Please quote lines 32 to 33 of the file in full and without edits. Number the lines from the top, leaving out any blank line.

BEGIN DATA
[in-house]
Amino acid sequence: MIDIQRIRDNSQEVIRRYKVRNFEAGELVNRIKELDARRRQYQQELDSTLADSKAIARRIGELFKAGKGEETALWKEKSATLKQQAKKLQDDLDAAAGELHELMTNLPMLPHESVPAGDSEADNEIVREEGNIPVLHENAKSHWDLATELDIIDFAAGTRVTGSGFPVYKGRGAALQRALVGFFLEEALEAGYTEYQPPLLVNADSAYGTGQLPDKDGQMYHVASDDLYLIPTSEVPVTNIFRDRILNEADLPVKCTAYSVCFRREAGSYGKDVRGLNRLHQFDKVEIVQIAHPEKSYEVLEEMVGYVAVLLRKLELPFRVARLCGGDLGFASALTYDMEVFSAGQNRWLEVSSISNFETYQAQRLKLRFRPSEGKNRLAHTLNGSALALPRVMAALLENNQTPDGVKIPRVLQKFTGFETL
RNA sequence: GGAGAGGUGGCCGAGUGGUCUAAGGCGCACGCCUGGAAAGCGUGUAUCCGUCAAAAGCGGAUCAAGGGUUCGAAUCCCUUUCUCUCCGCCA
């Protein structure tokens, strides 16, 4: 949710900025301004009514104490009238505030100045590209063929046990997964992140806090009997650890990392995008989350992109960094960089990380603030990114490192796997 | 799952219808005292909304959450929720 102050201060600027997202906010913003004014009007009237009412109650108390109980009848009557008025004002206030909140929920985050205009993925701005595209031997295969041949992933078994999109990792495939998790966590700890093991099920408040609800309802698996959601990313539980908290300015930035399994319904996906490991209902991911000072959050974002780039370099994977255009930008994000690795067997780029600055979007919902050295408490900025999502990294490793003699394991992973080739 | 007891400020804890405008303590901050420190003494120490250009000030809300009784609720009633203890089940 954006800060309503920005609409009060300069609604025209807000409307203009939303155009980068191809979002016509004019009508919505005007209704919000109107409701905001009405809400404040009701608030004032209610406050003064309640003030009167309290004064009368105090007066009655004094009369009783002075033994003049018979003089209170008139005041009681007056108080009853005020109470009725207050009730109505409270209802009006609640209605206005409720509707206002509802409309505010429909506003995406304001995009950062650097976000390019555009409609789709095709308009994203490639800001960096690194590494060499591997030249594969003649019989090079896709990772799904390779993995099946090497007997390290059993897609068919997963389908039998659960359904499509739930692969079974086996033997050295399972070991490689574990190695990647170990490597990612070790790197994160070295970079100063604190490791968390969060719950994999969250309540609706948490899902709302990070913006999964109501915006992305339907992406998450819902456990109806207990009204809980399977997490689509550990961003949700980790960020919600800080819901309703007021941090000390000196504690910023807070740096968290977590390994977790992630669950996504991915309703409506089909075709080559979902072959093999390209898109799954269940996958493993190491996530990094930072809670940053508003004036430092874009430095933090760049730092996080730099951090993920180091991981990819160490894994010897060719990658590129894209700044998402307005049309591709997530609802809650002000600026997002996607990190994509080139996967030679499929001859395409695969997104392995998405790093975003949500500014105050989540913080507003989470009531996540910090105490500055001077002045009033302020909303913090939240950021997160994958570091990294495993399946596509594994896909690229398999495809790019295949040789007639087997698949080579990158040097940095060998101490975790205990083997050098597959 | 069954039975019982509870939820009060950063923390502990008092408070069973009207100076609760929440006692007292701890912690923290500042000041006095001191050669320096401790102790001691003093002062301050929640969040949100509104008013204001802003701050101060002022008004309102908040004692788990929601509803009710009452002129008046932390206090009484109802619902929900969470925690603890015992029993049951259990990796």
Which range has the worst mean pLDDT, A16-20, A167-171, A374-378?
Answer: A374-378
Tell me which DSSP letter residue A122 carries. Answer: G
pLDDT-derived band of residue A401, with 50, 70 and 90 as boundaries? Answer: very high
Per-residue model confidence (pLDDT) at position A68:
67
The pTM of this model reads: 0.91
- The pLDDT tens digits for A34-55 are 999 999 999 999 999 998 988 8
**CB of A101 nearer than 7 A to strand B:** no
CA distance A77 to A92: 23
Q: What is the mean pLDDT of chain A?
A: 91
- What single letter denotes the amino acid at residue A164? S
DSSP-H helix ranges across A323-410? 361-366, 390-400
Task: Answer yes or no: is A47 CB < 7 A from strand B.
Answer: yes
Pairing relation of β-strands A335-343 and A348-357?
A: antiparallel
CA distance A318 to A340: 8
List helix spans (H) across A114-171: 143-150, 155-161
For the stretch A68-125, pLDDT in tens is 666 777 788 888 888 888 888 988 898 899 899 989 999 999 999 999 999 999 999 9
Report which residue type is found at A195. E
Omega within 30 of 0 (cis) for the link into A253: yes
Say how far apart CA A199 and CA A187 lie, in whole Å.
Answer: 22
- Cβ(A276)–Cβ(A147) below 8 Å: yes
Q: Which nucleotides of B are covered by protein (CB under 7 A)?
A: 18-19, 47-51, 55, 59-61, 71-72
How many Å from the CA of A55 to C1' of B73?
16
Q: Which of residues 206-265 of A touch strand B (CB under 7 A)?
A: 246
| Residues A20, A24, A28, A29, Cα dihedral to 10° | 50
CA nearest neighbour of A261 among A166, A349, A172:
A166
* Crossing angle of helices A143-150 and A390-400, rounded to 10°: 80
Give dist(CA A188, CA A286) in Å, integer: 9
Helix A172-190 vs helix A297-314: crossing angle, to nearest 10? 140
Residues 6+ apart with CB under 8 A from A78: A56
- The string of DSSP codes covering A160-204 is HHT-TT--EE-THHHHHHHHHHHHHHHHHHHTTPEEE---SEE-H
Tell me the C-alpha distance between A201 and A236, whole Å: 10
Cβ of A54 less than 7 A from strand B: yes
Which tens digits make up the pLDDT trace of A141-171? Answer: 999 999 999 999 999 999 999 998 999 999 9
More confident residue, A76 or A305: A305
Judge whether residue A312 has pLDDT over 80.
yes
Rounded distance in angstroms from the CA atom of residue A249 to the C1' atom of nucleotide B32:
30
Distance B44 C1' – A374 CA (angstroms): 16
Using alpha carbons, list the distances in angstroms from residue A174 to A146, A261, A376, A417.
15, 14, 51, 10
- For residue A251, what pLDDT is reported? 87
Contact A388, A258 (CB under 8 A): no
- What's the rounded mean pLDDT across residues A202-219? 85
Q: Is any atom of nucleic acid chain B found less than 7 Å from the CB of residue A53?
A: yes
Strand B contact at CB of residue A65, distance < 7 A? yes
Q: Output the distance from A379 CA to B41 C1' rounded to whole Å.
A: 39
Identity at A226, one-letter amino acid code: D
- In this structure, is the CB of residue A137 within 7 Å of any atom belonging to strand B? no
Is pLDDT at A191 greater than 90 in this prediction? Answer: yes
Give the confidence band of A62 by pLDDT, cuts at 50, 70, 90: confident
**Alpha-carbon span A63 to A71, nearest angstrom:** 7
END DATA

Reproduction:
A: 18-19, 47-51, 55, 59-61, 71-72
How many Å from the CA of A55 to C1' of B73?